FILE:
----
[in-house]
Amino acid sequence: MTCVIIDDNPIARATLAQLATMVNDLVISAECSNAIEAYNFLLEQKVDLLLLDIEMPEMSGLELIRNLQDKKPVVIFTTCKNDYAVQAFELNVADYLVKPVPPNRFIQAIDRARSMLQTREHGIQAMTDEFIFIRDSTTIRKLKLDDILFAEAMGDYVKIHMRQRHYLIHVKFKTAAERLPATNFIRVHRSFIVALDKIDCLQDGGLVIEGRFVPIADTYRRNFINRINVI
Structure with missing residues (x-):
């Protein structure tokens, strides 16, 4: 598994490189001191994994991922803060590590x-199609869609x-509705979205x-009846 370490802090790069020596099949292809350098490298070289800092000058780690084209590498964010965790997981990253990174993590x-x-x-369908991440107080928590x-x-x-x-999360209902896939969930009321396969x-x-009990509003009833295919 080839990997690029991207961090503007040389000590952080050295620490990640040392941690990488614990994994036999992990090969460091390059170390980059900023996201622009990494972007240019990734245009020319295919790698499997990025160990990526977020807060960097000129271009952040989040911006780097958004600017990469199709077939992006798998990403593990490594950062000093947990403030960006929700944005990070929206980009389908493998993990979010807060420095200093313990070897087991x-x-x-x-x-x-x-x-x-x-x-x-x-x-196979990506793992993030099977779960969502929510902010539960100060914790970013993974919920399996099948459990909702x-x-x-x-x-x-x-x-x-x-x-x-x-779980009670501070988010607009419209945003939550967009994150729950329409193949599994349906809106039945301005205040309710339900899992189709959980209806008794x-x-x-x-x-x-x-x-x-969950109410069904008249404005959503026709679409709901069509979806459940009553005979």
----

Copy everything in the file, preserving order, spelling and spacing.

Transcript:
[in-house]
Amino acid sequence: MTCVIIDDNPIARATLAQLATMVNDLVISAECSNAIEAYNFLLEQKVDLLLLDIEMPEMSGLELIRNLQDKKPVVIFTTCKNDYAVQAFELNVADYLVKPVPPNRFIQAIDRARSMLQTREHGIQAMTDEFIFIRDSTTIRKLKLDDILFAEAMGDYVKIHMRQRHYLIHVKFKTAAERLPATNFIRVHRSFIVALDKIDCLQDGGLVIEGRFVPIADTYRRNFINRINVI
Structure with missing residues (x-):
């Protein structure tokens, strides 16, 4: 598994490189001191994994991922803060590590x-199609869609x-509705979205x-009846 370490802090790069020596099949292809350098490298070289800092000058780690084209590498964010965790997981990253990174993590x-x-x-369908991440107080928590x-x-x-x-999360209902896939969930009321396969x-x-009990509003009833295919 080839990997690029991207961090503007040389000590952080050295620490990640040392941690990488614990994994036999992990090969460091390059170390980059900023996201622009990494972007240019990734245009020319295919790698499997990025160990990526977020807060960097000129271009952040989040911006780097958004600017990469199709077939992006798998990403593990490594950062000093947990403030960006929700944005990070929206980009389908493998993990979010807060420095200093313990070897087991x-x-x-x-x-x-x-x-x-x-x-x-x-x-196979990506793992993030099977779960969502929510902010539960100060914790970013993974919920399996099948459990909702x-x-x-x-x-x-x-x-x-x-x-x-x-779980009670501070988010607009419209945003939550967009994150729950329409193949599994349906809106039945301005205040309710339900899992189709959980209806008794x-x-x-x-x-x-x-x-x-969950109410069904008249404005959503026709679409709901069509979806459940009553005979």